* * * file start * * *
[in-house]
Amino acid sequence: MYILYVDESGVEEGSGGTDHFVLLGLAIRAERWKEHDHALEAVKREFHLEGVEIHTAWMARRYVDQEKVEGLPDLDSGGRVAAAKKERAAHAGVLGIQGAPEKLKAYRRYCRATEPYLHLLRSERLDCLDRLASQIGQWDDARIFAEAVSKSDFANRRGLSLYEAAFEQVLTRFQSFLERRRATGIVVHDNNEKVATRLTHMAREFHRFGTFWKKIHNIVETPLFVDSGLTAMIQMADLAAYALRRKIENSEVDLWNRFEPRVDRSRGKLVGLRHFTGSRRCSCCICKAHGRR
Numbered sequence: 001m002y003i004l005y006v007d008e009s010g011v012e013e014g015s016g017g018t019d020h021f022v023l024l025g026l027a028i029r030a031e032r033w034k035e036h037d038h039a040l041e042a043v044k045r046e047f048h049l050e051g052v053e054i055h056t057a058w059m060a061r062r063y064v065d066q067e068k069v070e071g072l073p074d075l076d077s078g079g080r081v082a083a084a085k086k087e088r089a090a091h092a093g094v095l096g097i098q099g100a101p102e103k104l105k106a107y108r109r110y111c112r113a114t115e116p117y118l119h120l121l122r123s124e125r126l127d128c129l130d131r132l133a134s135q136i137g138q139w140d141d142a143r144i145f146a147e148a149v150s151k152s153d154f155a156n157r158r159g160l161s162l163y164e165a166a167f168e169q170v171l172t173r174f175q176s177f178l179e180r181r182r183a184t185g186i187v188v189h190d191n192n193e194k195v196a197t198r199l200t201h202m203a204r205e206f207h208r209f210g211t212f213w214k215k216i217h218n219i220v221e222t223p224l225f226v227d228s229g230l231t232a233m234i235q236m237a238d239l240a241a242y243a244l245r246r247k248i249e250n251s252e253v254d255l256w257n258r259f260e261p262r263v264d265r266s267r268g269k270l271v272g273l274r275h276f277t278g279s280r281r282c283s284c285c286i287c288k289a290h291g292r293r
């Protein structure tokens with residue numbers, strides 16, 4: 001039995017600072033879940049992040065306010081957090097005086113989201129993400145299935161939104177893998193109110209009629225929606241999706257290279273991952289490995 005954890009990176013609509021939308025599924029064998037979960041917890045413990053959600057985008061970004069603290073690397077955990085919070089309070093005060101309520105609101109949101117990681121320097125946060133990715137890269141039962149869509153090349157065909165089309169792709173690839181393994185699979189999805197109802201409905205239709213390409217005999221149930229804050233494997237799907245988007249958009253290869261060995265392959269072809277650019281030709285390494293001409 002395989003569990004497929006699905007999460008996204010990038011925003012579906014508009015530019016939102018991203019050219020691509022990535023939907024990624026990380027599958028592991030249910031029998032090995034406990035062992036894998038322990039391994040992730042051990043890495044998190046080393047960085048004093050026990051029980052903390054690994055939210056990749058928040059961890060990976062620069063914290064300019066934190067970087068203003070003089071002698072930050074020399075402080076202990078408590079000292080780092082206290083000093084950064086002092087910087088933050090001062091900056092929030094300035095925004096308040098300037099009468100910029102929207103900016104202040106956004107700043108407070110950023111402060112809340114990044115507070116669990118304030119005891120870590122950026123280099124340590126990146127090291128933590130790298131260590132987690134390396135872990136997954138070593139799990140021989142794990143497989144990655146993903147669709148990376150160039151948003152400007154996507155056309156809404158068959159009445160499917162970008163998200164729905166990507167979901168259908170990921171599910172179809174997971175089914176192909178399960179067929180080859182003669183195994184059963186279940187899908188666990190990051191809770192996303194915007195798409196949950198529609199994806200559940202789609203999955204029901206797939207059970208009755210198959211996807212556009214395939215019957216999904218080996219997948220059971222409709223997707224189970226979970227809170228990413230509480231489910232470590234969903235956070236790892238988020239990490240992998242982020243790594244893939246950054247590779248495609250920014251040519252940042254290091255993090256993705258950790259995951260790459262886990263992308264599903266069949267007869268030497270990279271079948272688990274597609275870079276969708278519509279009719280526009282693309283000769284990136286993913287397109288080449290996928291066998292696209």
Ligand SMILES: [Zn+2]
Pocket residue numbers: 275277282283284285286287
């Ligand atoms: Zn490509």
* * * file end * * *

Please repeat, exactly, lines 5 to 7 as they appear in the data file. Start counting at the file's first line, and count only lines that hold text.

Ligand SMILES: [Zn+2]
Pocket residue numbers: 275277282283284285286287
């Ligand atoms: Zn490509």